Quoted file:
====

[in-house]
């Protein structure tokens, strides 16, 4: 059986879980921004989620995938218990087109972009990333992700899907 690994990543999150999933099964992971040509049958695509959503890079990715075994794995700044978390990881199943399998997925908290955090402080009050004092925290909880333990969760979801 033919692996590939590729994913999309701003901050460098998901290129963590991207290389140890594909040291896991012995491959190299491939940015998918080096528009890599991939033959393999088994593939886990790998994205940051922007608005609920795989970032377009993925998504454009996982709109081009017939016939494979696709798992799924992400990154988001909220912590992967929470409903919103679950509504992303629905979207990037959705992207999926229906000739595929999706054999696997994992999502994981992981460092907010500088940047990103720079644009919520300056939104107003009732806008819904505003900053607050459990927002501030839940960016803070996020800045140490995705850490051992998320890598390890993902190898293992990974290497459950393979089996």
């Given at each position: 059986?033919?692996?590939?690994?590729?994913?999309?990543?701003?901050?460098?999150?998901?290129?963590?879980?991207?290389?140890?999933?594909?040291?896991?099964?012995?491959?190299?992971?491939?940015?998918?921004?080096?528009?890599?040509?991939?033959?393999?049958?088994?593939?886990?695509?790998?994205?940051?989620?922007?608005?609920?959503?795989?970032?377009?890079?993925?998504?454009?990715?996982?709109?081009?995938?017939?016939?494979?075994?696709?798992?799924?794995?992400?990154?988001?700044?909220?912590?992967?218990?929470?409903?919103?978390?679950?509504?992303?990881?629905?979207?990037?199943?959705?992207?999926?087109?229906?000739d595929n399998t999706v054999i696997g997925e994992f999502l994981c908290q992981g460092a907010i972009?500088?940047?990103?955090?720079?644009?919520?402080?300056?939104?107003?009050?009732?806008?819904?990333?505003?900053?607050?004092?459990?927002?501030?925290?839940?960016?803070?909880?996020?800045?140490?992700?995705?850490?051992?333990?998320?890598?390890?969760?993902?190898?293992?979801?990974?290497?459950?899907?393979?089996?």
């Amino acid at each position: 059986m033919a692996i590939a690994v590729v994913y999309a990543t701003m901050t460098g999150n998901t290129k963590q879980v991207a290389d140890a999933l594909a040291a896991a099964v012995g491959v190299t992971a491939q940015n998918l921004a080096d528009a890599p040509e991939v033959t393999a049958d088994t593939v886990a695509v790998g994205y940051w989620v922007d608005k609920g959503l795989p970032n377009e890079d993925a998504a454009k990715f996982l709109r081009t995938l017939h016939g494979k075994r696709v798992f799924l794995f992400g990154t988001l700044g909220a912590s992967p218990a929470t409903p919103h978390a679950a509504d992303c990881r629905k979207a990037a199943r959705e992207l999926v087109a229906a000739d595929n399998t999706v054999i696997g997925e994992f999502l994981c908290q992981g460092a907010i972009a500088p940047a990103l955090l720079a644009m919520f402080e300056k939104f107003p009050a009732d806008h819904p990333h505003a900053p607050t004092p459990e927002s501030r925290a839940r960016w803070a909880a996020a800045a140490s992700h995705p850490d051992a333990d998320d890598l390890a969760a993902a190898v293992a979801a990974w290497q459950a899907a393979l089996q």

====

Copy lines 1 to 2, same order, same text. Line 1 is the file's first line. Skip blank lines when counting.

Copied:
[in-house]
């Protein structure tokens, strides 16, 4: 059986879980921004989620995938218990087109972009990333992700899907 690994990543999150999933099964992971040509049958695509959503890079990715075994794995700044978390990881199943399998997925908290955090402080009050004092925290909880333990969760979801 033919692996590939590729994913999309701003901050460098998901290129963590991207290389140890594909040291896991012995491959190299491939940015998918080096528009890599991939033959393999088994593939886990790998994205940051922007608005609920795989970032377009993925998504454009996982709109081009017939016939494979696709798992799924992400990154988001909220912590992967929470409903919103679950509504992303629905979207990037959705992207999926229906000739595929999706054999696997994992999502994981992981460092907010500088940047990103720079644009919520300056939104107003009732806008819904505003900053607050459990927002501030839940960016803070996020800045140490995705850490051992998320890598390890993902190898293992990974290497459950393979089996």